John Oliver’s bit, “Miss America Pageant” from September 2014 is not only a form of fantastic comedy, but is also insightful, smart and educational. Like so many great pieces of work, Oliver’s monologue begins with a research question, which quickly turns into a thesis. “How the f*ck is this still happening?” Oliver asks one minute into his bit.
Oliver then goes onto explain the ridiculousness of the Miss America pageant exposing it as the manipulative and fraudulent organization that it is. His main argument is clear; Miss America is a ridiculous event.
Oliver though, like many other great storytellers, supplements his work with evidence. He cites news clips, footage from various pageants and other interviews related to the contest. Using various sources is how he not only creates the majority of his jokes, but also how he grounds his claims in reality. Oliver is not just riffing off of sensationalized claims, but he is riffing off of moments that actually happened.
He cites for instance the ridiculous question by Ian Ziering, who asks a contestant about how to solve ISIS in only 20 seconds. He cites a ridiculous statement by Donald Trump, the former head of Miss USA, who states that beauty is still a crucial part of these contests. But more than just referencing Ziering and Trump, he then goes onto poke fun at Ziering and Trump themselves. Oliver for instance, calls Trump, “clown mummified foreskin mixed with cotton candy,” moments after playing the Trump interview tape. Oh how he’s made fun of Trump since then, but yet how this joke is relevant today.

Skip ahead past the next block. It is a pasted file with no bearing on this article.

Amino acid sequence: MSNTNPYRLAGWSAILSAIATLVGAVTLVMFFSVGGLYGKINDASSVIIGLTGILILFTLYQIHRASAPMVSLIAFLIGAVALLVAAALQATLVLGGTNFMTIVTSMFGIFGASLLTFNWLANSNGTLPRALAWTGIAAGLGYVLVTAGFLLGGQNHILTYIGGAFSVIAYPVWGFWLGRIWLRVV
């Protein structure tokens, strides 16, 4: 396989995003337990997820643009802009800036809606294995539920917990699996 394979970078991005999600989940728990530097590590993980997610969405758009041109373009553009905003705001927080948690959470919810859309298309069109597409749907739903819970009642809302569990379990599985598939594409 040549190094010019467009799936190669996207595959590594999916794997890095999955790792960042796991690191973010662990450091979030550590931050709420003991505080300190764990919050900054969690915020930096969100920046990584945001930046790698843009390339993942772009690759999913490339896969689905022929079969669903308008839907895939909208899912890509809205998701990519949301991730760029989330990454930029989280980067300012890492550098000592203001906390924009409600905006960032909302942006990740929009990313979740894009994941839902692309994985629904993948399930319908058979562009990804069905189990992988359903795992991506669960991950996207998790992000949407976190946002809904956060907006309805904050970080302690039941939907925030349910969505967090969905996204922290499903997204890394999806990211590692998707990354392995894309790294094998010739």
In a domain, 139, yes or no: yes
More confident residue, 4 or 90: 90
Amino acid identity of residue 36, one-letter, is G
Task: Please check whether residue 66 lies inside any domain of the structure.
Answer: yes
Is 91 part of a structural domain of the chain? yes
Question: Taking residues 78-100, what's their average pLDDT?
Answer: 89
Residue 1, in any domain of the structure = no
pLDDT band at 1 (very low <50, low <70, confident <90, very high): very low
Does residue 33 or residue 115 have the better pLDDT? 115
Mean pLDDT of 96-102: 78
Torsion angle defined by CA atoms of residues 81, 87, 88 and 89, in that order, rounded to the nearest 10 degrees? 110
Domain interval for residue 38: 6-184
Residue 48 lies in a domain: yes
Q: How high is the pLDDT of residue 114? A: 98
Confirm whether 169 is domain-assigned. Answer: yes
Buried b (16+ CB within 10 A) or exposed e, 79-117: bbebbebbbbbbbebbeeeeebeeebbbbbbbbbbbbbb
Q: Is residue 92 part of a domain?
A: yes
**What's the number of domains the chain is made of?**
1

Oliver has various tangents in his bit. He keeps the energy high as his argument continues to develop. There are no dull moments and there are no repetitive moments. Everything that Oliver does is exciting, humorous and insightful.
Oliver also certainly makes you stop and think about his argument as a viewer. He makes you question the reason why we still have beauty pageants and why people still watch them. He exposes the fraudulent scholarship program that the organization operates, doing so minutes after exposing the absurdity of the question and answer part of the contest.
Having a strong research question, a clear argument, various examples and a unique way to tell a story, these are all things I can try and do better in my work no matter the medium.
But the one question that I always think about when I watch John Oliver is, does this bit make a difference? He always takes a stand and exposes a corrupt industry or force, but does it actually cause change? And does that actually matter?
Other questions to consider include: is Oliver a comedian or is he more of a journalist who expresses his opinions as jokes? Is comedy supposed to inspire action or just be funny? Does Oliver care if his work creates change or just that it catches with the audience?
Oliver’s show blurs the line between journalism and comedy. And while it is clear, insightful, humorous, and noteworthy, does his work actually make a difference in the world? And does it matter; his jokes about Donald Trump never get old.